The Pressure to be Perfect: Emily Franklin interviews H.A. Swain about her YA novel Gifted
EF: In Gifted, you write about a future in which genius can be purchased by wealthy parents for their children. What was the inspiration behind this?
HS: Two things happened simultaneously in my life to inspire this premise: 1) My daughter was applying to public middle schools in Brooklyn and 2) I was recovering from a concussion. Those might sound completely unrelated, but here’s the thing… where we live, kids have to apply, audition, submit report cards and test scores, go through interviews, and rank schools just to get a seat in PUBLIC middle school. It’s bonkersville.
During that process, I bounced my head off a cement retaining wall in a snow tubing accident (yes, I did say snow tubing, so embarrassing). As I researched how to recover from a concussion, I came across stories of people with traumatic brain injuries that induce savant abilities. For example, one guy hit his head diving into a pool and woke from a coma as a musical genius.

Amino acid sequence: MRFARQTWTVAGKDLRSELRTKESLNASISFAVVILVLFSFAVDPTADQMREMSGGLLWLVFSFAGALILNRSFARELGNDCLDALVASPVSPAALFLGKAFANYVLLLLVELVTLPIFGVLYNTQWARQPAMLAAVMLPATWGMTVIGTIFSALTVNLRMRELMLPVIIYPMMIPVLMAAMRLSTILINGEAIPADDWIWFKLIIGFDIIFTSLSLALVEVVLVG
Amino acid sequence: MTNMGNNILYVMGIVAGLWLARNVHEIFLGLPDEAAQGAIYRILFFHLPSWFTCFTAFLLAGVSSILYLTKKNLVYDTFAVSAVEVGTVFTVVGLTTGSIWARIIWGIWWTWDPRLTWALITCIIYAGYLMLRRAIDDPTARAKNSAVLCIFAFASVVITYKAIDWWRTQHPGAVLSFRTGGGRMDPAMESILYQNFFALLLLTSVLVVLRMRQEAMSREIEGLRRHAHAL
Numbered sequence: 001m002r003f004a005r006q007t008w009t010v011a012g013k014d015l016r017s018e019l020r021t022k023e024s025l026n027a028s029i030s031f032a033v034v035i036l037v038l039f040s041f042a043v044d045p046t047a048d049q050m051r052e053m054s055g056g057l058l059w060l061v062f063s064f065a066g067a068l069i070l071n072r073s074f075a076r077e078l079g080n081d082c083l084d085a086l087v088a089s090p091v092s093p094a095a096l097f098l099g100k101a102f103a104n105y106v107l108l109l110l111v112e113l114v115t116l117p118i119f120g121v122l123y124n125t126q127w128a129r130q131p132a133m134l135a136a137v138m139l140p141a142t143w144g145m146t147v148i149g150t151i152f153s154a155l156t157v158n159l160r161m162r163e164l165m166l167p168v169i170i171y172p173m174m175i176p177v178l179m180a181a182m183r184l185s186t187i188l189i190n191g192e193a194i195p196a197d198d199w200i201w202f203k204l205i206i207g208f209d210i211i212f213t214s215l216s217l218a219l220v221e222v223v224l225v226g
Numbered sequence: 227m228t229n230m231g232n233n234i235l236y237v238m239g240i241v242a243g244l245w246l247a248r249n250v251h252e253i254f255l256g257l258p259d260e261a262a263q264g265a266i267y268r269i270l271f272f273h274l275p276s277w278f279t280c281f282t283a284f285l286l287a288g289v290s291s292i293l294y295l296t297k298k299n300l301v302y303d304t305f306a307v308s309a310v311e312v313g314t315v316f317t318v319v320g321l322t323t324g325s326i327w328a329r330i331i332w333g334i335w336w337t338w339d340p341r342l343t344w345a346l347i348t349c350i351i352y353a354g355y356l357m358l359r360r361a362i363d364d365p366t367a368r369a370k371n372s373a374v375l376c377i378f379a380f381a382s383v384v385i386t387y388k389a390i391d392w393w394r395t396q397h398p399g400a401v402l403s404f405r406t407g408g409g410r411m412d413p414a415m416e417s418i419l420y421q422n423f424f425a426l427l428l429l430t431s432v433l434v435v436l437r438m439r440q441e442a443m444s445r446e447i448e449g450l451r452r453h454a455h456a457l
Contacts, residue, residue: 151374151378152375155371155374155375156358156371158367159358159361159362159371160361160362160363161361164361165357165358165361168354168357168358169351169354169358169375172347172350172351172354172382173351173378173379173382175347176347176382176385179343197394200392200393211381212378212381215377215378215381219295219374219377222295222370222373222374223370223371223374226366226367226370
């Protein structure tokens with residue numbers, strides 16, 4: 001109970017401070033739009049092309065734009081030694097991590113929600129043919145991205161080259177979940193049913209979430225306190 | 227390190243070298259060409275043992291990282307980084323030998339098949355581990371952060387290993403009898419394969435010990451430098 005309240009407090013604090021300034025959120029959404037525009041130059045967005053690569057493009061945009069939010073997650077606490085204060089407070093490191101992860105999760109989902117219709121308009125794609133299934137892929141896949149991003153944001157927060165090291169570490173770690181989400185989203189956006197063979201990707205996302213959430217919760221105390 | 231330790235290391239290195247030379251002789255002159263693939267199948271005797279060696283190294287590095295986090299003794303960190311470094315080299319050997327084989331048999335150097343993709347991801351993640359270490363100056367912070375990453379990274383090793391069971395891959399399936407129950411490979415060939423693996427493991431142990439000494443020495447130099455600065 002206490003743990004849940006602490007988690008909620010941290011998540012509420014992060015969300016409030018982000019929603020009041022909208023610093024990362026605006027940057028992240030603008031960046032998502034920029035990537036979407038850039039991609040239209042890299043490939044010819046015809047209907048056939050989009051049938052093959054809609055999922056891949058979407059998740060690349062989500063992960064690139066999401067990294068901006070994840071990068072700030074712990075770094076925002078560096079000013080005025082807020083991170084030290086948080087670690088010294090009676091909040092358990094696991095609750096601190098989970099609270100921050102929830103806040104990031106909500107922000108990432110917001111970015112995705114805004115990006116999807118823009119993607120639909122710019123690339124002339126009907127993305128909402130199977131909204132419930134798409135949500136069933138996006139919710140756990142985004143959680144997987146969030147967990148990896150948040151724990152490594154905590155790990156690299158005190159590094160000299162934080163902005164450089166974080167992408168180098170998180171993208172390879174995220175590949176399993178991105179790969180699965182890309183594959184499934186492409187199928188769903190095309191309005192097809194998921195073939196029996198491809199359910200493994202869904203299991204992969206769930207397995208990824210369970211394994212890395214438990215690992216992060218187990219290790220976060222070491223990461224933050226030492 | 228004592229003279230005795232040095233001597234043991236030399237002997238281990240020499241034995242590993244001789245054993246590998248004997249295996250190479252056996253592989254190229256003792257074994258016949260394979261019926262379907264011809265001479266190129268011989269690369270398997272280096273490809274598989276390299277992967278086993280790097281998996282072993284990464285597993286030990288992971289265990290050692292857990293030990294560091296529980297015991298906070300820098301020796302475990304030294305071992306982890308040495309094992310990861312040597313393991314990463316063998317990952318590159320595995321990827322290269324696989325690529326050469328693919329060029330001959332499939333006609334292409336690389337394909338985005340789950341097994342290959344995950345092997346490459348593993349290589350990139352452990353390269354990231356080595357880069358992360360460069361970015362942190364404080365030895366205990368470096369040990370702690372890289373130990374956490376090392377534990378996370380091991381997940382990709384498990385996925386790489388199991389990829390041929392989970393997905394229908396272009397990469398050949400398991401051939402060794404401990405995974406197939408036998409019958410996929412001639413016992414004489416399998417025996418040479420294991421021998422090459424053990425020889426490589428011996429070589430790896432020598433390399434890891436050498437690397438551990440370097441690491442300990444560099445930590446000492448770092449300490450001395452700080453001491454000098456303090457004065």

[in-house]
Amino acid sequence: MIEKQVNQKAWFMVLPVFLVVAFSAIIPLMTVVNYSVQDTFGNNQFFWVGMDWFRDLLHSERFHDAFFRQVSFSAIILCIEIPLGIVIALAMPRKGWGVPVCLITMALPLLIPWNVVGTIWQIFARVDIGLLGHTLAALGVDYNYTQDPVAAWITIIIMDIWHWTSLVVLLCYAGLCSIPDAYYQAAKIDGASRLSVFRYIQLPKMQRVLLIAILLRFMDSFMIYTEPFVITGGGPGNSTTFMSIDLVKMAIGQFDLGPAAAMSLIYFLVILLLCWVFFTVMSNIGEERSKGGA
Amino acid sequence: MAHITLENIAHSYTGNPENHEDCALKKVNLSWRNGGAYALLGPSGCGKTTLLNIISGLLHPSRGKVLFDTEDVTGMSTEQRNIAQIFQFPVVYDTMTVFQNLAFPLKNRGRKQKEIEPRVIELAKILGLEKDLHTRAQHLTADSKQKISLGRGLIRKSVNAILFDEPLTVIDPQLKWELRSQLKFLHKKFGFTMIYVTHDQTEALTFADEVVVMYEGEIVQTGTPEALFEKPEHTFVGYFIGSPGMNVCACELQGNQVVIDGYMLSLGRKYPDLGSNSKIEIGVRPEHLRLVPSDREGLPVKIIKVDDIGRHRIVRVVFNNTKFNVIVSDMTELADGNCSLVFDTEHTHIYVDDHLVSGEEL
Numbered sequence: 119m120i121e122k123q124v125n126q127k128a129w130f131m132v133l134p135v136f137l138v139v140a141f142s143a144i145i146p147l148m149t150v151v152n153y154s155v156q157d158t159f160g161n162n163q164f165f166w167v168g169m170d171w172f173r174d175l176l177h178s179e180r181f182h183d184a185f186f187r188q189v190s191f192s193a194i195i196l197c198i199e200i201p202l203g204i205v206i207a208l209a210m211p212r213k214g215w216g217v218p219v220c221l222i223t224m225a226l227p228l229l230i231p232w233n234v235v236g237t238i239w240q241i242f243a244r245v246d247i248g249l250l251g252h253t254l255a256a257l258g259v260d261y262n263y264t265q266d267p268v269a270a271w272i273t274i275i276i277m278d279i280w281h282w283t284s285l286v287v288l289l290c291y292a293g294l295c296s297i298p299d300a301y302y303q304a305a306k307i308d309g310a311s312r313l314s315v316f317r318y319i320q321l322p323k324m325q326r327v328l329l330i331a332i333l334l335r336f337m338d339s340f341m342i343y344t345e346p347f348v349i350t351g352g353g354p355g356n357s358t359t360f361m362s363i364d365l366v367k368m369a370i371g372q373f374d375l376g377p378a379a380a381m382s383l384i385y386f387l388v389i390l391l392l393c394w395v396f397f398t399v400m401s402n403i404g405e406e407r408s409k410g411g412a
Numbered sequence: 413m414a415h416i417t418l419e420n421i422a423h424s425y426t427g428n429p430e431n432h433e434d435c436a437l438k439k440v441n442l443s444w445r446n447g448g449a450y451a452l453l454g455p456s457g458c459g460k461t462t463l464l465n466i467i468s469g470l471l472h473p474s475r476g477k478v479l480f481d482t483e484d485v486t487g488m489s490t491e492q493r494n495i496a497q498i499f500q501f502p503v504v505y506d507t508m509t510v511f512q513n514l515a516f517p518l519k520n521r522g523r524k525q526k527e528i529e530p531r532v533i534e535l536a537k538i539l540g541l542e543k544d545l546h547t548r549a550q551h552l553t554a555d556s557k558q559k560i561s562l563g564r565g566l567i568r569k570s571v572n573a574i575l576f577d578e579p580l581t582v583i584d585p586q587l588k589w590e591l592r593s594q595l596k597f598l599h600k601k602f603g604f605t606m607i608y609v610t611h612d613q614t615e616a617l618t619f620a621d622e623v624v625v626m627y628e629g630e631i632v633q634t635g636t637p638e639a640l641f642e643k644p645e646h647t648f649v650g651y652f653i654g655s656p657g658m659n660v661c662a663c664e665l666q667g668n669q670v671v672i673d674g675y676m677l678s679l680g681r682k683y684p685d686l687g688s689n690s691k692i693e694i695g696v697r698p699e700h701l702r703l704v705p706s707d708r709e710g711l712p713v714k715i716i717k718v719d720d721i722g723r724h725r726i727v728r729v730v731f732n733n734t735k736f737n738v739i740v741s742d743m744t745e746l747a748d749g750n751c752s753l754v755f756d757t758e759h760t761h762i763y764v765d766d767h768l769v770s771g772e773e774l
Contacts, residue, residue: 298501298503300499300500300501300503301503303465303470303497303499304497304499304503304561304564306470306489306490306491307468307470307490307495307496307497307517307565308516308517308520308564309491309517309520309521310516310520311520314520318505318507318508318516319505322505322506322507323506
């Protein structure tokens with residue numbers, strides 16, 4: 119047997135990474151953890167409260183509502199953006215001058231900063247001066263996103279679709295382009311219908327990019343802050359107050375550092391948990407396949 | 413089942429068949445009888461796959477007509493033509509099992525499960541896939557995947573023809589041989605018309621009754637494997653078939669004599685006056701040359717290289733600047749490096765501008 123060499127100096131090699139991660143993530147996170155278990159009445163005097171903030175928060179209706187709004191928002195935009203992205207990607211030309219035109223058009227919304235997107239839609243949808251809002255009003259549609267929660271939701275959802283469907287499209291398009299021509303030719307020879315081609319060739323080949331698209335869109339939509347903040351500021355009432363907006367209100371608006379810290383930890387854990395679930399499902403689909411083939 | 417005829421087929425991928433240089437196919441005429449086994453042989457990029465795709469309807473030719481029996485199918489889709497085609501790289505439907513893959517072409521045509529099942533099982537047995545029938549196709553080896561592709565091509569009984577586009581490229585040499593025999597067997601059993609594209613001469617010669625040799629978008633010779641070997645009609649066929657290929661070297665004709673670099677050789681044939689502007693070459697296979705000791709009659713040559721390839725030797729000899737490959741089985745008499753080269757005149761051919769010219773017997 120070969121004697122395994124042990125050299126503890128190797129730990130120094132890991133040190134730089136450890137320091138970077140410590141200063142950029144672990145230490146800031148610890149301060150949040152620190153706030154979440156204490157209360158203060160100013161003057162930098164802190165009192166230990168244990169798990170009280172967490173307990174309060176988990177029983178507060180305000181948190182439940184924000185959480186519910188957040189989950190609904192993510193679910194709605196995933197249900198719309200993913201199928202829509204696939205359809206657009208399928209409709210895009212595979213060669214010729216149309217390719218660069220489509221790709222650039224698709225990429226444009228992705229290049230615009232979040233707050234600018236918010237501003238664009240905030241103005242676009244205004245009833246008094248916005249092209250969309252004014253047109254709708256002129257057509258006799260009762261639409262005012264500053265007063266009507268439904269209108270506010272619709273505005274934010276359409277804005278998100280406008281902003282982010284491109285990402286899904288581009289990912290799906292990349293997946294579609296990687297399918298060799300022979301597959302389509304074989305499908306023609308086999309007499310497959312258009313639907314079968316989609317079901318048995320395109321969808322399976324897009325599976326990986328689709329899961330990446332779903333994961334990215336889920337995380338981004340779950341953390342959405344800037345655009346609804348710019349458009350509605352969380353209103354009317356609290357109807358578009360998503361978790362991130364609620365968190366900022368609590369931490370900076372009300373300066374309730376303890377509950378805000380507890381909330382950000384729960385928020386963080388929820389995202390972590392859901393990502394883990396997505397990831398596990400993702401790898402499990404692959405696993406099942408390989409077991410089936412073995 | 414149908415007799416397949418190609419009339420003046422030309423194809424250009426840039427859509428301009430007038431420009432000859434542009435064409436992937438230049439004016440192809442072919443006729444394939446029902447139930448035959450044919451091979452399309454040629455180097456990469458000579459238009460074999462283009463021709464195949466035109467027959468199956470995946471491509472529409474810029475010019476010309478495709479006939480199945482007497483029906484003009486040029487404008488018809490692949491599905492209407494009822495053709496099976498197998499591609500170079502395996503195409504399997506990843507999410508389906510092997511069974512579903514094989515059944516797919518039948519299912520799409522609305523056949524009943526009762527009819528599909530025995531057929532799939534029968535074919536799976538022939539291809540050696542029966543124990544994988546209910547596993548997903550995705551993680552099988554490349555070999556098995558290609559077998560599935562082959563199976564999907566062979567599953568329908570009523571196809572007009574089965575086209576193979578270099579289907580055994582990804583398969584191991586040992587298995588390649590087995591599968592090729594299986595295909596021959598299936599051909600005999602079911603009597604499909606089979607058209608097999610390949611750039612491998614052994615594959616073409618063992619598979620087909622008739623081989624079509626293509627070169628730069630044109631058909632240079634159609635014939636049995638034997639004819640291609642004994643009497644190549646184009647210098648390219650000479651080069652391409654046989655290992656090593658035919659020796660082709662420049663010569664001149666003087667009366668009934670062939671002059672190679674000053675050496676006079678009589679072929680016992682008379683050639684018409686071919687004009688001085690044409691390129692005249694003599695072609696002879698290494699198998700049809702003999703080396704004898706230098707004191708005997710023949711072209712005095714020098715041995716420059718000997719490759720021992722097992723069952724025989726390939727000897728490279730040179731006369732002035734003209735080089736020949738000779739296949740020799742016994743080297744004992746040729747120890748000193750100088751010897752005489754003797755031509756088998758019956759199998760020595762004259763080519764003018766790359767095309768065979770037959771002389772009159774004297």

With all the pressure and non-sense of the middle school process, I could imagine parents wanting to bonk their kids on the head to make them automatic geniuses and guarantee a good spot in middle school. That’s silly of course, but the idea was intriguing.
EF: Do you feel that you were addressing the mounting pressures facing today’s youth to be uber-talented and excel in a particular area?
HS: Absolutely! It’s so easy to fall into. Parents see so much potential we want to foster when our kids are small. Plus, as a culture we have a fascination with precociously talented children. (Think of all the reality TV talent shows about kids who can sing opera or play violin or bake cakes like talented adults.) That pressure can make regular kids feel like sad-sack losers if they aren’t stellar at something when they’re really young.
In our eagerness to find what’s “special” and “amazing” about each unique individual, we run the risk of creating anxiety in kids who are trying to live up to impossible expectations. I worry that we lose sight that it’s good for kids to try lots of things, fail at some, excel at others, but mostly learn to work hard in order to be proficient at something they truly enjoy.
EF: Orpheus’s mother is a former pop star and his father is a successful music executive who expect Orpheus to carry on the family legacy. By contrast, Zimri is a “plebe” warehouse worker and natural-born musical genius whose grandmother is deeply opposed to her making music. What commentary are you making in Gifted about parental figures trying to control the future of their teens?